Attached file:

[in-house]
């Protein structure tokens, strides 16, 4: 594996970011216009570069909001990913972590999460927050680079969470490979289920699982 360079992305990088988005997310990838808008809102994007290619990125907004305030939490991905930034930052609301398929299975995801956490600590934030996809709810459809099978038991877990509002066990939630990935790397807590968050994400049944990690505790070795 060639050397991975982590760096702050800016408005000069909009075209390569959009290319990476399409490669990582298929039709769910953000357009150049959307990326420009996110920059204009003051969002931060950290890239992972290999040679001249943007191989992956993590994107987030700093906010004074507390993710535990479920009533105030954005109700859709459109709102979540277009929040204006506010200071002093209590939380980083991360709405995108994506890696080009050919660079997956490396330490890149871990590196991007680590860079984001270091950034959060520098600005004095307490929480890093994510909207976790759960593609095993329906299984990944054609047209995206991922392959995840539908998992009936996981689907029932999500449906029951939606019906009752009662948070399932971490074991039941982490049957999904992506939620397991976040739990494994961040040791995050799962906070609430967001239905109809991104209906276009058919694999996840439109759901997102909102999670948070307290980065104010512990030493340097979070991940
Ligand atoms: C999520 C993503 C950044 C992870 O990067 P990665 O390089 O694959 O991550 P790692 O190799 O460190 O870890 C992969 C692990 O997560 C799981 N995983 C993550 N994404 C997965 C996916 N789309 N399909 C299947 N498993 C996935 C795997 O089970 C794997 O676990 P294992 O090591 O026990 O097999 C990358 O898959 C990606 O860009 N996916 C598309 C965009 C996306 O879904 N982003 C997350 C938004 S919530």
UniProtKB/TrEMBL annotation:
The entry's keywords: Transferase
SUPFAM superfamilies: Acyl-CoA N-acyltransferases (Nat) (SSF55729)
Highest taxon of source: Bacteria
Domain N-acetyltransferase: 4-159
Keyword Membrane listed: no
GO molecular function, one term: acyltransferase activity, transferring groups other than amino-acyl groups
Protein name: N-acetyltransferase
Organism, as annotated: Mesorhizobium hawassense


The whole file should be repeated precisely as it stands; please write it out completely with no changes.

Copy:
[in-house]
């Protein structure tokens, strides 16, 4: 594996970011216009570069909001990913972590999460927050680079969470490979289920699982 360079992305990088988005997310990838808008809102994007290619990125907004305030939490991905930034930052609301398929299975995801956490600590934030996809709810459809099978038991877990509002066990939630990935790397807590968050994400049944990690505790070795 060639050397991975982590760096702050800016408005000069909009075209390569959009290319990476399409490669990582298929039709769910953000357009150049959307990326420009996110920059204009003051969002931060950290890239992972290999040679001249943007191989992956993590994107987030700093906010004074507390993710535990479920009533105030954005109700859709459109709102979540277009929040204006506010200071002093209590939380980083991360709405995108994506890696080009050919660079997956490396330490890149871990590196991007680590860079984001270091950034959060520098600005004095307490929480890093994510909207976790759960593609095993329906299984990944054609047209995206991922392959995840539908998992009936996981689907029932999500449906029951939606019906009752009662948070399932971490074991039941982490049957999904992506939620397991976040739990494994961040040791995050799962906070609430967001239905109809991104209906276009058919694999996840439109759901997102909102999670948070307290980065104010512990030493340097979070991940
Ligand atoms: C999520 C993503 C950044 C992870 O990067 P990665 O390089 O694959 O991550 P790692 O190799 O460190 O870890 C992969 C692990 O997560 C799981 N995983 C993550 N994404 C997965 C996916 N789309 N399909 C299947 N498993 C996935 C795997 O089970 C794997 O676990 P294992 O090591 O026990 O097999 C990358 O898959 C990606 O860009 N996916 C598309 C965009 C996306 O879904 N982003 C997350 C938004 S919530």
UniProtKB/TrEMBL annotation:
The entry's keywords: Transferase
SUPFAM superfamilies: Acyl-CoA N-acyltransferases (Nat) (SSF55729)
Highest taxon of source: Bacteria
Domain N-acetyltransferase: 4-159
Keyword Membrane listed: no
GO molecular function, one term: acyltransferase activity, transferring groups other than amino-acyl groups
Protein name: N-acetyltransferase
Organism, as annotated: Mesorhizobium hawassense